We compute the polarizability of a Helium atom. The polarizability is defined as the change in dipole moment $$ μ = ∫ r ρ(r) dr $$ with respect to a small uniform electric field $E = -x$.

We compute this in two ways: first by finite differences (applying a finite electric field), then by linear response. Note that DFTK is not really adapted to isolated atoms because it uses periodic boundary conditions. Nevertheless we can simply embed the Helium atom in a large enough box (although this is computationally wasteful).

As in other tests, this is not fully converged, convergence parameters were simply selected for fast execution on CI,

In [1]:

```
using DFTK
using LinearAlgebra
a = 10.
lattice = a * I(3) # cube of $a$ bohrs
# Helium at the center of the box
atoms = [ElementPsp(:He, psp=load_psp("hgh/lda/He-q2"))]
positions = [[1/2, 1/2, 1/2]]
kgrid = [1, 1, 1] # no k-point sampling for an isolated system
Ecut = 30
tol = 1e-8
# dipole moment of a given density (assuming the current geometry)
function dipole(basis, ρ)
rr = [(r[1] - a/2) for r in r_vectors_cart(basis)]
sum(rr .* ρ) * basis.dvol
end;
```

We first compute the polarizability by finite differences. First compute the dipole moment at rest:

In [2]:

```
model = model_LDA(lattice, atoms, positions; symmetries=false)
basis = PlaneWaveBasis(model; Ecut, kgrid)
res = self_consistent_field(basis; tol)
μref = dipole(basis, res.ρ)
```

Out[2]:

Then in a small uniform field:

In [3]:

```
ε = .01
model_ε = model_LDA(lattice, atoms, positions;
extra_terms=[ExternalFromReal(r -> -ε * (r[1] - a/2))],
symmetries=false)
basis_ε = PlaneWaveBasis(model_ε; Ecut, kgrid)
res_ε = self_consistent_field(basis_ε; tol)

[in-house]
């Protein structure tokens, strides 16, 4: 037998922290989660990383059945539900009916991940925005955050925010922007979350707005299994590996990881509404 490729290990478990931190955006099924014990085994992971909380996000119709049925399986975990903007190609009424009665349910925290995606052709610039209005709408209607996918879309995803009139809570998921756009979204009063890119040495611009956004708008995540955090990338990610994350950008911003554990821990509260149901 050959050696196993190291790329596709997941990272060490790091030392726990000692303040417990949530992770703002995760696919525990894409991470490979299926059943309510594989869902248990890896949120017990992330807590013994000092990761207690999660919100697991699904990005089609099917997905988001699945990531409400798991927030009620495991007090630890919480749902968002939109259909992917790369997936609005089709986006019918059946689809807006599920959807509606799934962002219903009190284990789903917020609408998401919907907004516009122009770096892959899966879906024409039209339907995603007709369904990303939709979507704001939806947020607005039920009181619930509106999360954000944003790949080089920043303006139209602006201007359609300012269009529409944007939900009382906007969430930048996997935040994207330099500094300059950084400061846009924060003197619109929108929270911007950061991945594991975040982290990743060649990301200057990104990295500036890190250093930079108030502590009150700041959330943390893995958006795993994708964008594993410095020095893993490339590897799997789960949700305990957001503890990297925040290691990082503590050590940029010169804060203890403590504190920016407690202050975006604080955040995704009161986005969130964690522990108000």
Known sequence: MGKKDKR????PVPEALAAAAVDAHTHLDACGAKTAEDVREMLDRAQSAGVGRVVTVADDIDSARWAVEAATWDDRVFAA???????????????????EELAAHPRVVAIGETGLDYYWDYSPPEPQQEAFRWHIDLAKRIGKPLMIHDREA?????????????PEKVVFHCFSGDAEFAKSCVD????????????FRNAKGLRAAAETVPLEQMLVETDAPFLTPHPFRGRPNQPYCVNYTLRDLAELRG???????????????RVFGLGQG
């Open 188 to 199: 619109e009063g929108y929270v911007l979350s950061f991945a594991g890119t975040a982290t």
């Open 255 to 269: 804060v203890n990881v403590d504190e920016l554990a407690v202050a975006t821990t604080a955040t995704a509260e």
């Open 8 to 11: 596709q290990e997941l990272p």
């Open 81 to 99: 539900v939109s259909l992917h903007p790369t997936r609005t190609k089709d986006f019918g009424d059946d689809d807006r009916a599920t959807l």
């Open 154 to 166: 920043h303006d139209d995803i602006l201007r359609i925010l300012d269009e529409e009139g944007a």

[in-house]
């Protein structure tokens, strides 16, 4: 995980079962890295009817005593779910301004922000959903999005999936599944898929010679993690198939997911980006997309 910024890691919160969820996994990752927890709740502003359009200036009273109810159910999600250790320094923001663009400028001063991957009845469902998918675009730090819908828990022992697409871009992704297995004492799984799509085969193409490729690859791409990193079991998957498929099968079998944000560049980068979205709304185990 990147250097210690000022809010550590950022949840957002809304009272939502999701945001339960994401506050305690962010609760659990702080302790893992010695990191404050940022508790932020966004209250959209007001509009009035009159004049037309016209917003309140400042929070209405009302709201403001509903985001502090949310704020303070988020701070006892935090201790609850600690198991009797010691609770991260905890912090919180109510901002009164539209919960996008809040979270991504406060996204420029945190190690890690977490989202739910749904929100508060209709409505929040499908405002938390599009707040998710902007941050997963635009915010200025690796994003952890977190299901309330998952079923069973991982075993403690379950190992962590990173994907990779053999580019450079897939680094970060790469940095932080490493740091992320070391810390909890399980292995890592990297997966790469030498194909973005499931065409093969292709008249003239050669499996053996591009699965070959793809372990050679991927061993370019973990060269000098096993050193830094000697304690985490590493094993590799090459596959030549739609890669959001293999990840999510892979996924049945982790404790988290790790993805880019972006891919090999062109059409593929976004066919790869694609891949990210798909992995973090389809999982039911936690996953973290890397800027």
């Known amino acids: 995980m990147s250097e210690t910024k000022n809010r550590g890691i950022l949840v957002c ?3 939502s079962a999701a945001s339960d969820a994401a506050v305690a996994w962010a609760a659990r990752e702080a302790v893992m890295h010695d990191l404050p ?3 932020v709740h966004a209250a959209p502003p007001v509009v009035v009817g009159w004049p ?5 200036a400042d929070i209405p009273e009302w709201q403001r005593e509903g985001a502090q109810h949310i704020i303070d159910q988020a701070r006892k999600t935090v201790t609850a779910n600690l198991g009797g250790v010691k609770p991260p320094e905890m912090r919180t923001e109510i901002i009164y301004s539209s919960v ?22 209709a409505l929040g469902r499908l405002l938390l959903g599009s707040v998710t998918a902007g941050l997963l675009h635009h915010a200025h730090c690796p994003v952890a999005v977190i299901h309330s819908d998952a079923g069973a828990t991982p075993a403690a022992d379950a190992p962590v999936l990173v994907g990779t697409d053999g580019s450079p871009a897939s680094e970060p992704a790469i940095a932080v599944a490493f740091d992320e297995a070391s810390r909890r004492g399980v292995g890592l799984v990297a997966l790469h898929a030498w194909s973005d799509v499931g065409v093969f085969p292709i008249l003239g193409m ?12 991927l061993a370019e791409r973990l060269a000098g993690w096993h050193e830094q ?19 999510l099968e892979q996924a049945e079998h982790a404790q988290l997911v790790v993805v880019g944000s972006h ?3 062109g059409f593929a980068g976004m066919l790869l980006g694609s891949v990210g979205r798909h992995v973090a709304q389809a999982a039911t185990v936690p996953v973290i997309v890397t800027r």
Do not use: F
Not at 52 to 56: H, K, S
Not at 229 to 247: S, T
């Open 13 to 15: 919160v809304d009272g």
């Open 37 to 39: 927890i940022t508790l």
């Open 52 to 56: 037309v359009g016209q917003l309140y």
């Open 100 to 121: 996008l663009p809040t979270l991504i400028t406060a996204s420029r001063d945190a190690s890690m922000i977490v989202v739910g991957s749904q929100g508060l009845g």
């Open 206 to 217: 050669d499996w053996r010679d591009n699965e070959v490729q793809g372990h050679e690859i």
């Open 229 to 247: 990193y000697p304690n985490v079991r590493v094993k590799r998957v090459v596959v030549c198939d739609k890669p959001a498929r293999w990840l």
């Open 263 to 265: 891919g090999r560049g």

με = dipole(basis_ε, res_ε.ρ)
```

Out[3]:

In [4]:

```
polarizability = (με - μref) / ε
println("Reference dipole: $μref")
println("Displaced dipole: $με")
println("Polarizability : $polarizability")
```

The result on more converged grids is very close to published results.
For example DOI 10.1039/C8CP03569E
quotes **1.65** with LSDA and **1.38** with CCSD(T).

Now we use linear response to compute this analytically; we refer to standard textbooks for the formalism. In the following, $χ_0$ is the independent-particle polarizability, and $K$ the Hartree-exchange-correlation kernel. We denote with $δV_{\rm ext}$ an external perturbing potential (like in this case the uniform electric field). Then: $$ δρ = χ_0 δV = χ_0 (δV_{\rm ext} + K δρ), $$ which implies $$ δρ = (1-χ_0 K)^{-1} χ_0 δV_{\rm ext}. $$ From this we identify the polarizability operator to be $χ = (1-χ_0 K)^{-1} χ_0$. Numerically, we apply $χ$ to $δV = -x$ by solving a linear equation (the Dyson equation) iteratively.

In [5]:

```
using KrylovKit
# Apply $(1- χ_0 K)$
function dielectric_operator(δρ)
δV = apply_kernel(basis, δρ; res.ρ)
χ0δV = apply_χ0(res, δV)
δρ - χ0δV
end
# `δVext` is the potential from a uniform field interacting with the dielectric dipole
# of the density.
δVext = [-(r[1] - a/2) for r in r_vectors_cart(basis)]
δVext = cat(δVext; dims=4)
# Apply $χ_0$ once to get non-interacting dipole
δρ_nointeract = apply_χ0(res, δVext)
# Solve Dyson equation to get interacting dipole
δρ = linsolve(dielectric_operator, δρ_nointeract, verbosity=3)[1]
println("Non-interacting polarizability: $(dipole(basis, δρ_nointeract))")
println("Interacting polarizability: $(dipole(basis, δρ))")
```

As expected, the interacting polarizability matches the finite difference result. The non-interacting polarizability is higher.